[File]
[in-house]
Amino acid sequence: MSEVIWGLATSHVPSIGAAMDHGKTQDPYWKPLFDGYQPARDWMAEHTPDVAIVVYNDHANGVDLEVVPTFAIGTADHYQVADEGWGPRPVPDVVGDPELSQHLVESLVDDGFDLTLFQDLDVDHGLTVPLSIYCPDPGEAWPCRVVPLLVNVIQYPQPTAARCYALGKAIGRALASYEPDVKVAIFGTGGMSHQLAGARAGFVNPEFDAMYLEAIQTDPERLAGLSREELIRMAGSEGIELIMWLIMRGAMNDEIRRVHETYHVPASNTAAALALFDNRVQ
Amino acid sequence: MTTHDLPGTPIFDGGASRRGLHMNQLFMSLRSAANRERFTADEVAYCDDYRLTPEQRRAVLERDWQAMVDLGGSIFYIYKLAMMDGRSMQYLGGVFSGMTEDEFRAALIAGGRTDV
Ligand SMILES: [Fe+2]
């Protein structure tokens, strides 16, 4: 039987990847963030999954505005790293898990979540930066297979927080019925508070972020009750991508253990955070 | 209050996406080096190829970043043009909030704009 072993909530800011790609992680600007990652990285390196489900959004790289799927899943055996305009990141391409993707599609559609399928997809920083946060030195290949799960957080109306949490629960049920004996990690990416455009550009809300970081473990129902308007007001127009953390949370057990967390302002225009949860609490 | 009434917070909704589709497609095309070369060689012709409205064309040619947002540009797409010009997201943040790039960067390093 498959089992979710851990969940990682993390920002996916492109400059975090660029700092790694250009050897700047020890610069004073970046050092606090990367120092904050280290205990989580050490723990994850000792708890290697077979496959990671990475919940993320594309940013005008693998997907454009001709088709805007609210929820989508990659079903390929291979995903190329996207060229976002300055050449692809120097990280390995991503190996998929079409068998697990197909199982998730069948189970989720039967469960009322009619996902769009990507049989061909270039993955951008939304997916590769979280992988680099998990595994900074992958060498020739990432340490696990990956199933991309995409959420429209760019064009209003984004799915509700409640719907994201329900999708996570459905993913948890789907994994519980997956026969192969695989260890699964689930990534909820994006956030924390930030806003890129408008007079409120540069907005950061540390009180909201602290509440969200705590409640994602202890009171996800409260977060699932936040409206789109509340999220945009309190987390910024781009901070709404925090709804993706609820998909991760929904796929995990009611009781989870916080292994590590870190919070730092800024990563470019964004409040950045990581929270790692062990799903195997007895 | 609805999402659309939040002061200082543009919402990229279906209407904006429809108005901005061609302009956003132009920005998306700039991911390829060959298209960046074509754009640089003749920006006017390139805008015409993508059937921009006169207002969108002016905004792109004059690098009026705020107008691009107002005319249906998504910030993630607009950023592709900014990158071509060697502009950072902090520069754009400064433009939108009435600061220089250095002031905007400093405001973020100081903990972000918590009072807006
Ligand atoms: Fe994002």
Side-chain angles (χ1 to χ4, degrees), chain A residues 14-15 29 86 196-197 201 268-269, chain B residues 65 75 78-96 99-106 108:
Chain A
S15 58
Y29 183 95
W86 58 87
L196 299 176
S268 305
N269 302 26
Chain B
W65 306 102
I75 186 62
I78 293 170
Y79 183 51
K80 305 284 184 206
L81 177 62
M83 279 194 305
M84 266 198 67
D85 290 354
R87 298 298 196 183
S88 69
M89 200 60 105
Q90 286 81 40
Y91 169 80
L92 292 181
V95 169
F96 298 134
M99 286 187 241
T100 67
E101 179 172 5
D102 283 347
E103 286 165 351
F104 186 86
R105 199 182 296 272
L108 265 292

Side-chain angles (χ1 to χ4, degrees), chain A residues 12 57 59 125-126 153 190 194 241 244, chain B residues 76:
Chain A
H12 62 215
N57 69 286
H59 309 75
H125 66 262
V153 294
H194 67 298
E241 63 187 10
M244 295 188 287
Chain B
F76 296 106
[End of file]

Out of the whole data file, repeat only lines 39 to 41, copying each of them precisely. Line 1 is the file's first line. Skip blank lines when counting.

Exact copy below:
R105 199 182 296 272
L108 265 292

Side-chain angles (χ1 to χ4, degrees), chain A residues 12 57 59 125-126 153 190 194 241 244, chain B residues 76: